HL Deb 27 April 1983 vol 441 cc918-20

2.39 p.m.

Baroness Sharples

My Lords, I beg leave to ask the Question standing in my name on the Order Paper.

The Question was as follows:

To ask Her Majesty's Government what has been the cost of coping with the demonstrations on Greenham Common, and how this cost has been divided between local and public funds.

Lord Elton

My Lords, we understand from the Chief Constable of the Thames Valley Police that a running total of the costs of policing demonstrations at or associated with Greenham Common, where demonstrators first arrived in October 1981, has been kept since 1st January this year and is current to 4th April. The total manpower costs of policing such demonstrations between 1st January and before the Easter demonstrations is estimated at approximately £185,000; and the same total costs of policing the Easter demonstrations, some of which took place at Burghfield and Aldermaston as well as Greenham Common, are estimated at approximately £340,000. Of that figure of £340,000, some £252,000 was attributable to additional costs. Police expenditure is shared between local and central Government and attracts 50 per cent. specific grant from central Government.

Baroness Sharples

My Lords, I thank my noble friend for his Answer. Would he not agree that the Greenham Common demonstration is a continuing, running sore? Is my noble friend further aware that I visited the site on Sunday and can well understand the appalling "fix" in which local residents find themselves because of the disgusting state and the very offensive smell of the place? Has my noble friend any comment to make?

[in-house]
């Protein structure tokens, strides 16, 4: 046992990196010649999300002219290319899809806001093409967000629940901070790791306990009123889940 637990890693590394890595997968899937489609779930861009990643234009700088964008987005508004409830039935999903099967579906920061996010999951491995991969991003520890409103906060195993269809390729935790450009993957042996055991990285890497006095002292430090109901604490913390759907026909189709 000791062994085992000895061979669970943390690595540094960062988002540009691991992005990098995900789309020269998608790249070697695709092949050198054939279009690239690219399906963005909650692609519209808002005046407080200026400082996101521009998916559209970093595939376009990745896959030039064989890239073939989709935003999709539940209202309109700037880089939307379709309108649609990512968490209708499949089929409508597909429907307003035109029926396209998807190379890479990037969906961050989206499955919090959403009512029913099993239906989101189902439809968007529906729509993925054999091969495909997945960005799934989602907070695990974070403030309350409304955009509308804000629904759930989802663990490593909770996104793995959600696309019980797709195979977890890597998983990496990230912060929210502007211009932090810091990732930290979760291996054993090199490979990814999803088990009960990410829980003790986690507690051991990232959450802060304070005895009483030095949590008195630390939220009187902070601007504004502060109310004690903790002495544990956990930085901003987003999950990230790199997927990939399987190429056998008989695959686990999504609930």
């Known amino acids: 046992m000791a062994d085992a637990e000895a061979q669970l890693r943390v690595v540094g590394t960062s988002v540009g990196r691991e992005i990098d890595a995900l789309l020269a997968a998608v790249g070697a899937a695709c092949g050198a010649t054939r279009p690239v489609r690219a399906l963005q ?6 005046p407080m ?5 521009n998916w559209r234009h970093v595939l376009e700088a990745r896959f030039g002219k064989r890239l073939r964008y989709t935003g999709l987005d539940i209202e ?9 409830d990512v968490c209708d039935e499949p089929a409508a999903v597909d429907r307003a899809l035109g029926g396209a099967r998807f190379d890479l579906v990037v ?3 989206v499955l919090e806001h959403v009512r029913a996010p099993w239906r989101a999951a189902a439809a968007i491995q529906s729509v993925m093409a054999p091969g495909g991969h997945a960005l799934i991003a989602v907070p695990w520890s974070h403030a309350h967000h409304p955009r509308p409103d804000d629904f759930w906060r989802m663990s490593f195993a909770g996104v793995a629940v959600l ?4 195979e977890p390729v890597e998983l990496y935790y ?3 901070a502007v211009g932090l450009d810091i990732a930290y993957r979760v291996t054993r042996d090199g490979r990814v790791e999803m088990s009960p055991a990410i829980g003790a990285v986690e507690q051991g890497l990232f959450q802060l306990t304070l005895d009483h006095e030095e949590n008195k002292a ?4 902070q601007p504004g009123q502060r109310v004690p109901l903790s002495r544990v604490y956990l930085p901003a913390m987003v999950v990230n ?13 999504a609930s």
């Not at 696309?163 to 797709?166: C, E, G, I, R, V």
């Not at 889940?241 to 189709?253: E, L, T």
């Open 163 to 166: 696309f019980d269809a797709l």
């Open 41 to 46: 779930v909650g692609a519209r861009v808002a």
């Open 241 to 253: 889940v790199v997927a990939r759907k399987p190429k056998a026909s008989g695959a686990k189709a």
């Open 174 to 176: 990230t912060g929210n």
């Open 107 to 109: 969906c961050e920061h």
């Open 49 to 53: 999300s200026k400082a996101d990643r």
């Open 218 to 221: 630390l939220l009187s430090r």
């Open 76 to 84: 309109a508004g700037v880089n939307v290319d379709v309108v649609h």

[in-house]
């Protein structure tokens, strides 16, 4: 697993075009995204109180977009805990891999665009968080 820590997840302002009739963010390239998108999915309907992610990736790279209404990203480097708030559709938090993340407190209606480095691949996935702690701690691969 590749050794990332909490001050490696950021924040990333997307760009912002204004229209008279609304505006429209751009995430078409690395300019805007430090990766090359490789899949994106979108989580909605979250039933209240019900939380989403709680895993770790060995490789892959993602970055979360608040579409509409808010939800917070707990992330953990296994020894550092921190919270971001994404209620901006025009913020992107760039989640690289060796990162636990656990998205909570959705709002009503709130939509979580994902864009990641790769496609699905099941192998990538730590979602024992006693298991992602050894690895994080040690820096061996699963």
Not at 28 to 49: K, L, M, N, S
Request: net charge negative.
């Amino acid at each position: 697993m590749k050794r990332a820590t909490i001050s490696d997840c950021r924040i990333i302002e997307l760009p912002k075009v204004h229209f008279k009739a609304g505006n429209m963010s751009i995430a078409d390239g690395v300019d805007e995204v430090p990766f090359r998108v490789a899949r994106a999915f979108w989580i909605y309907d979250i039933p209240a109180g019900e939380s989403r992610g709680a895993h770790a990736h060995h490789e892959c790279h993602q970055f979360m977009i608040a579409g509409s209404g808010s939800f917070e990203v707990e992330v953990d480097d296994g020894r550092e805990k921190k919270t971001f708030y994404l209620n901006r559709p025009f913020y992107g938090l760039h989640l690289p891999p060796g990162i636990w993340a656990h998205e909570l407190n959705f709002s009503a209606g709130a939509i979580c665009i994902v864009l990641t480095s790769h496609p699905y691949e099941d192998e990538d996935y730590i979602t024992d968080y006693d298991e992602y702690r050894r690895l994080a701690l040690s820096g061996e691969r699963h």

Lord Elton

My Lords, I suppose the proper comment is that those who pursue aims of public policy by means of demonstration should seek to do so in ways which are less than offensive to those whom they seek to persuade.

Lord Renton

My Lords, would not the Greenham Common ladies and others have done more for peace and for the safety of our people if, instead of incurring these large sums of police expenditure, they had agitated for increased expenditure by local authorities—or some local authorities, at any rate—on civil defence?

Lord Elton

My Lords, it is scarcely the function of a Minister of Government to advise persons opposed to their policy how best to pursue that aim, but I can see a certain logic in what the noble Lord proposes.

Lord Mishcon

My Lords, is it not one of the great traditions of this country that, whether or not we agree with what demonstrators are demonstrating about, if they are doing it peacefully and lawfully it is one of the great rights that they have here—a right which is not enjoyed in other countries that we criticise? Therefore, is there not existent within our tradition the right for people who demonstrate peacefully to be protected by the police, if that be necessary, at public cost? And if they offend against the law, is not the right of prosecution there, and should it not be pursued?

Lord Elton

My Lords, the presence of the police on any such occasion is entirely impartial. Their duty is to protect the peace, and this they have done with considerable success.